If Ziegfeld’s beauties weren’t being romanced by Flo himself, they gained many young male admirers and became objects of adoration. Dorothy Knapp (pictured below), who appeared in the Follies of 1924 and 1925 was billed “The Most Beautiful Girl in The World” by Earl Carroll and placed as a runner-up in the “Miss America” pageant. In 1930 she became the first woman to sign a contract with NBC.
Many chorus girls did modelling work on the side, such as Myrna Darby and Jean Ackerman, who posed for Lucky Strike cigarette advertisements. When they became part of Ziegfeld’s Follies they quickly became the toast of the town, their names started appearing in the papers, they dated celebrities, received diamonds from suitors and invitations to fabulous parties.
When one of the most well-liked chorus girls Myrna Darby (pictured above), fell ill, her hospital bills were paid by an anonymous donor, later found to be a New York nightclub owner, Larry Fay, who barely knew her, had only met her once, but described her as the sweetest and prettiest girl he’d ever met. Darby died at the tender age of 21, allegedly from a broken heart after her engagement to a fur baron had been called off. Another theory implied a sunstroke-induced heart infection, having received a severe sunburn while touring Europe. Ziegfeld and the Follies girls attended the funeral and “the whole chorus wept until all makeup was washed away”.
All of the Follies girls were immortalised in the portraits of Alfred Cheney Johnston, a New York City-based photographer who became Ziegfeld’s contracted photographer in 1917, and was affiliated with the Follies for the next fifteen years.
After Johnston’s death in 1971, a huge treasure trove of photos of Ziegfeld’s showgirls was found stored at the farm near Oxford, Connecticut, where he’d lived since 1940.
Most of the images of women, mostly unidentified were daring, un-retouched full-frontal and semi-nude images that would certainly have had no public-publication possibilities in the 1920s-1930s. It’s speculated that these were either simply his own personal work, or done at the behest of Flo Ziegfeld for that showman’s personal enjoyment.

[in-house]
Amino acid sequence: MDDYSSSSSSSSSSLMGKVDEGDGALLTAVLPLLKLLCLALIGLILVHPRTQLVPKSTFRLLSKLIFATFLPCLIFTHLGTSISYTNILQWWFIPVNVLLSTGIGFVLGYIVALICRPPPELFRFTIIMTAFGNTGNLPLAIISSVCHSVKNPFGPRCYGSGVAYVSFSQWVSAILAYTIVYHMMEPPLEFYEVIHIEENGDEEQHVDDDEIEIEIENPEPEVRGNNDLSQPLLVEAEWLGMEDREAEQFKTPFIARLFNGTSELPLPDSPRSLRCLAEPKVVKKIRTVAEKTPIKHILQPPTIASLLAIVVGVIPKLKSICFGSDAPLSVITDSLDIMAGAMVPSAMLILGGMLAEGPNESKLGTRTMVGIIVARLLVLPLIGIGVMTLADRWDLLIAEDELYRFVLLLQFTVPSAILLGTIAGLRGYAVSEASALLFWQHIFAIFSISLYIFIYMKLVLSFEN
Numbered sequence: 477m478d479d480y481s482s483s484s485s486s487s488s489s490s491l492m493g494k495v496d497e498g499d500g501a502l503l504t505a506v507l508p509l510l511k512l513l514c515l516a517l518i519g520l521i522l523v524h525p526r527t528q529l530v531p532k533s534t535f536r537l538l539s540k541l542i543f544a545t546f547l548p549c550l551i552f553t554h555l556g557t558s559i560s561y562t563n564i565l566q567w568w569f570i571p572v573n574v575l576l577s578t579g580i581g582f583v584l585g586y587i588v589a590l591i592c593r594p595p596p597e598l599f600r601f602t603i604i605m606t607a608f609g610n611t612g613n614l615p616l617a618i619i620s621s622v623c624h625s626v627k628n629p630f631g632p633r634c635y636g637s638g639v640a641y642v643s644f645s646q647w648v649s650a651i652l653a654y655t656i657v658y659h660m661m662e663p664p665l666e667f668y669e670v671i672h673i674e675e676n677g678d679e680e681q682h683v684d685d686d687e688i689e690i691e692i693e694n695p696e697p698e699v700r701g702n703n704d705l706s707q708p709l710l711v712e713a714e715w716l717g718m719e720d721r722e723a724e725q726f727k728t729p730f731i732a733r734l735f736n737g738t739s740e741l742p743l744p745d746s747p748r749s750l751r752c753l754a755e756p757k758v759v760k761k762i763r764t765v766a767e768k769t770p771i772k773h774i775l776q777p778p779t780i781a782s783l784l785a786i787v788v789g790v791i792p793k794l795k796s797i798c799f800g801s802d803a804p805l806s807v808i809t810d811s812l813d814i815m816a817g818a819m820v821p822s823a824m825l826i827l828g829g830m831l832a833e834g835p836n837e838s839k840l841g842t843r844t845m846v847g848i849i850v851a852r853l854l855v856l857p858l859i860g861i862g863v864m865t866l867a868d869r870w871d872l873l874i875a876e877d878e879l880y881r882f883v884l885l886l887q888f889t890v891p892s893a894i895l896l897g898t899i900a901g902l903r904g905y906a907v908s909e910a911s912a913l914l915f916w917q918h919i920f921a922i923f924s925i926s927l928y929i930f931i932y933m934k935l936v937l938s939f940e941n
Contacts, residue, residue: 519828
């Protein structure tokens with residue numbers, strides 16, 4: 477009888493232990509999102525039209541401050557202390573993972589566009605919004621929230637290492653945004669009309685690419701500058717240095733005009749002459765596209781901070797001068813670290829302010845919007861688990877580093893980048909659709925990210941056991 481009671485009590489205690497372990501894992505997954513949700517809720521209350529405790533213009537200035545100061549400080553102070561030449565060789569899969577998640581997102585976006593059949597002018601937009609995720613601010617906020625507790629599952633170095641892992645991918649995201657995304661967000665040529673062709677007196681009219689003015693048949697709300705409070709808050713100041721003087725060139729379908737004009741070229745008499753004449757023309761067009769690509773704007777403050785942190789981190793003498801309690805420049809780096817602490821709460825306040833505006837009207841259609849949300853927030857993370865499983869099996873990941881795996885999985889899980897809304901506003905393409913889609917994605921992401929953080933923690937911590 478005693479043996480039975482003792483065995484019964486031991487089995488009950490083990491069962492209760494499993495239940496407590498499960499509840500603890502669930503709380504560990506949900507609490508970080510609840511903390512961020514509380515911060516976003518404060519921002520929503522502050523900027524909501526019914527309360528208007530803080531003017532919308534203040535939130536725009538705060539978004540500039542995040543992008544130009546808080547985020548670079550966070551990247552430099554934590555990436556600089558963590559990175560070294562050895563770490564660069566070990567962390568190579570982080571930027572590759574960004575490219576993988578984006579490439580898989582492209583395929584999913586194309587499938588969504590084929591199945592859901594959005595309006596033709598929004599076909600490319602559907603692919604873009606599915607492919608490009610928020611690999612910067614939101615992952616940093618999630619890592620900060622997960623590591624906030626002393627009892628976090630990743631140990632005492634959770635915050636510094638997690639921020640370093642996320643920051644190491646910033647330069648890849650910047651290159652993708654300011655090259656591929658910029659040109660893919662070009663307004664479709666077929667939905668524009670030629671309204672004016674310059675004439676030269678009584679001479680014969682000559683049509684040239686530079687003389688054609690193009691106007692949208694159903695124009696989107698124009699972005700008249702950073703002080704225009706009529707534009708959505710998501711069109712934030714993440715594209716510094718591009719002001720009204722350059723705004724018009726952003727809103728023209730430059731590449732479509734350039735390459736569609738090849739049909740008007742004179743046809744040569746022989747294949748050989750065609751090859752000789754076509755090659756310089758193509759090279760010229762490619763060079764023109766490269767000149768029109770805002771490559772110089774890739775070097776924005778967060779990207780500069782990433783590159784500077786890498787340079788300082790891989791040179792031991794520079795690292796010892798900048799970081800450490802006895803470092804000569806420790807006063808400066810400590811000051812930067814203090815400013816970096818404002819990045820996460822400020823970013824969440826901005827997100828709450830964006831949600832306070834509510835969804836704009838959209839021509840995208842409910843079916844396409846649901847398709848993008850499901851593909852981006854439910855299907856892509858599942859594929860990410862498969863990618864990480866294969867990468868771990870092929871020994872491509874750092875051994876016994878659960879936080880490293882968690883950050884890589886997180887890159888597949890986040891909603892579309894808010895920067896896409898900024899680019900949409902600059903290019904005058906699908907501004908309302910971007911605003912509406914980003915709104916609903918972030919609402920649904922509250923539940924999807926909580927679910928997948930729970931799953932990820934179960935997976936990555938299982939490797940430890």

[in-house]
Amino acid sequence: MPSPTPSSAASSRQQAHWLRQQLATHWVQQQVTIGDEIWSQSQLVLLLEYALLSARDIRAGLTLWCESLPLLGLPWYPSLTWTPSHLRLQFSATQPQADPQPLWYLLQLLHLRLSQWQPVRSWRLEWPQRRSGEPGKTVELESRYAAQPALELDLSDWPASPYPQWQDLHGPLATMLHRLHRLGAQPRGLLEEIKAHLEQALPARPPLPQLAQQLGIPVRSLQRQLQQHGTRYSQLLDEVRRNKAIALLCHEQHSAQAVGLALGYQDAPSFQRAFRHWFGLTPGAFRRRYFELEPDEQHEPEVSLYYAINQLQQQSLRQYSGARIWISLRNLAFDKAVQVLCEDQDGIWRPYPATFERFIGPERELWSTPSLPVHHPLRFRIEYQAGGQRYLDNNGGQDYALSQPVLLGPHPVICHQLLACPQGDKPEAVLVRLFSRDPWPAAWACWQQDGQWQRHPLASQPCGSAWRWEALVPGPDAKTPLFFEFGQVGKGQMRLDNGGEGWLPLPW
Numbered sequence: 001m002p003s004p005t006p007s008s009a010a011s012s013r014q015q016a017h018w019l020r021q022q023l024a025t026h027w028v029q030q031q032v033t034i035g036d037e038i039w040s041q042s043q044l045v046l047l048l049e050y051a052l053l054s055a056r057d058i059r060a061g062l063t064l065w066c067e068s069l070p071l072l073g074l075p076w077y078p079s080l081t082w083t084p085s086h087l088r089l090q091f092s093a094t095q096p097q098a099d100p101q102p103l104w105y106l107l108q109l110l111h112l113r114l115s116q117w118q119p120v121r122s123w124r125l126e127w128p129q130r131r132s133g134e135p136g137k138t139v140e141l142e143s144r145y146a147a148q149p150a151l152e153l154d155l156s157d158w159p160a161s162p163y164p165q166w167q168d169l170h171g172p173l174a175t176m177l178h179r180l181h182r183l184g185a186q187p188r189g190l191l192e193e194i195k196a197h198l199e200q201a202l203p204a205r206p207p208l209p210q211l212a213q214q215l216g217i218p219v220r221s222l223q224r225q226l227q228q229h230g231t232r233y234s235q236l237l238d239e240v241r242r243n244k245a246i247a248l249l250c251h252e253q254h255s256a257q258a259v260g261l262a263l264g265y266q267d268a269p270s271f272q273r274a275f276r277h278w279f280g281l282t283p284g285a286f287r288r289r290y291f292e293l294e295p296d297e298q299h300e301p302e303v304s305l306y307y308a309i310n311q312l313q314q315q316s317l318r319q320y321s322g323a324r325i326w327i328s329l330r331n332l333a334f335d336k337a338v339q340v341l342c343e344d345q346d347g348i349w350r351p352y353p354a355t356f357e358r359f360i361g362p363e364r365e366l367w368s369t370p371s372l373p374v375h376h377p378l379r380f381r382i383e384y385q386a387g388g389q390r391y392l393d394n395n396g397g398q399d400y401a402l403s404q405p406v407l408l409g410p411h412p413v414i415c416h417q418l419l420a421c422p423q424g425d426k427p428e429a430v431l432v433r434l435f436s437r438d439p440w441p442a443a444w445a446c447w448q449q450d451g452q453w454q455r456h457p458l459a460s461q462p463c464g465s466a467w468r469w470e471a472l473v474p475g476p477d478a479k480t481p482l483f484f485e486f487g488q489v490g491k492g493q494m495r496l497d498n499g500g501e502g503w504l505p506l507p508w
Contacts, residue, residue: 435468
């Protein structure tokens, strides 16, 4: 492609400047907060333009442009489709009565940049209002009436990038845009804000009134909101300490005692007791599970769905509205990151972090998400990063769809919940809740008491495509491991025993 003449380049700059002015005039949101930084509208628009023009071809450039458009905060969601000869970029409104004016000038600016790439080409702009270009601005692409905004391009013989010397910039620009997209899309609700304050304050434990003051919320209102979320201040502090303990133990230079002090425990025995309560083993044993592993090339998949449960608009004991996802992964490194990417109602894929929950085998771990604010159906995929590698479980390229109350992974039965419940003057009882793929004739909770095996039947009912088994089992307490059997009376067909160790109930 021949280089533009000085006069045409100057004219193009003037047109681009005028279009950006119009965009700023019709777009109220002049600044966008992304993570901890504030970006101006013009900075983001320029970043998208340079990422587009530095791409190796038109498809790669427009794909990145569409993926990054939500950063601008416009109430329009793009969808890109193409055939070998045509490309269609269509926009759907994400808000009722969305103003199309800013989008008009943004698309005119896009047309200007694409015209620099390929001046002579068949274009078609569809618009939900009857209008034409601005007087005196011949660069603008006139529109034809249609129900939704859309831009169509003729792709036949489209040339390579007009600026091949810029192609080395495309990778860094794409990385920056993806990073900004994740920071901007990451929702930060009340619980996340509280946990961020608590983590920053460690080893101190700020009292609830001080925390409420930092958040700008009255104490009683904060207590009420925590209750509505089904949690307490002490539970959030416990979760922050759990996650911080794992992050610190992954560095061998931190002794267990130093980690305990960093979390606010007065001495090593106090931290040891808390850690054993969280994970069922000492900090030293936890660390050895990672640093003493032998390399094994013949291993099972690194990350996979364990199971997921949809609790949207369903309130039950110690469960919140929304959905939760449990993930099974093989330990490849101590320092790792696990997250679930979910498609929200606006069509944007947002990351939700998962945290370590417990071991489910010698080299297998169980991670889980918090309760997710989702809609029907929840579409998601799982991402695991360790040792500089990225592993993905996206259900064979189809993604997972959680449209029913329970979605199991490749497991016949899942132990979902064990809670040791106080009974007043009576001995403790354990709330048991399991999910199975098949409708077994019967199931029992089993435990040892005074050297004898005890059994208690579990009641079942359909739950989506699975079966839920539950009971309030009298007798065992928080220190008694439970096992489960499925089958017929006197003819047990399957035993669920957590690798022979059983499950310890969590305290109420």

Ziegfeld went on to produce some very successful musical comedies and nightclub shows, breaking barriers in show business by introducing the first black man to co-star on Broadway, multiracial casts and stories like Showboat that dealt with taboo subjects such as racism and broken marriages. He made a lot of money but lost his entire fortune in the stock market crash of 1929. Then the depression dried up his audiences who could no longer afford to see Broadway shows. Ziegfeld’s shows had high production costs, requiring large audiences to make money.
The legendary Ziegfeld Follies eventually folded at the hands of the Great Depression in 1931. Florenz died a year later from a recurring lung infection. He reportedly spent the last few months of his life attempting to suppress his fear of death by hosting an endless stream of gin-soaked orgies. After his death, his wife Billie Burke authorized use of his name for renewals of Ziegfeld Follies in 1934 and 1936, and the name was later used by other promoters, none of which ever managed to recapture the magic of the original show. Burke had been left with her husband’s substantial debts and went to Hollywood in search of acting work to settle them.
When MGM made The Great Ziegfeld in 1936, a soft biopic of Florenz Ziegfeld that won the Academy Award for Best Picture, another actress Myrna Loy was cast to play Burke. This infuriated Ziegfeld’s former wife who was actually under contract with MGM at the time and could have played herself. She was considered too old to cast by the studio. In her mid fifties, she took the role of the good witch “Glenda” in the 1939 film Wizard of Oz starring Judy Garland. In 1941, MGM released a second film about the Follies called Ziegfeld Girl, starring Lana Turner, Judy Garland and Hedy Lamarr. According to modern sources, Lana Turner’s character was modeled after Ziegfeld Girl and Flo’s unrequited love, Lillian Lorraine who had a drunken fall into the orchestra pit during an extravagant number.
Surely the Victoria’s Secret girls won’t have a story like this to tell in a hundred years.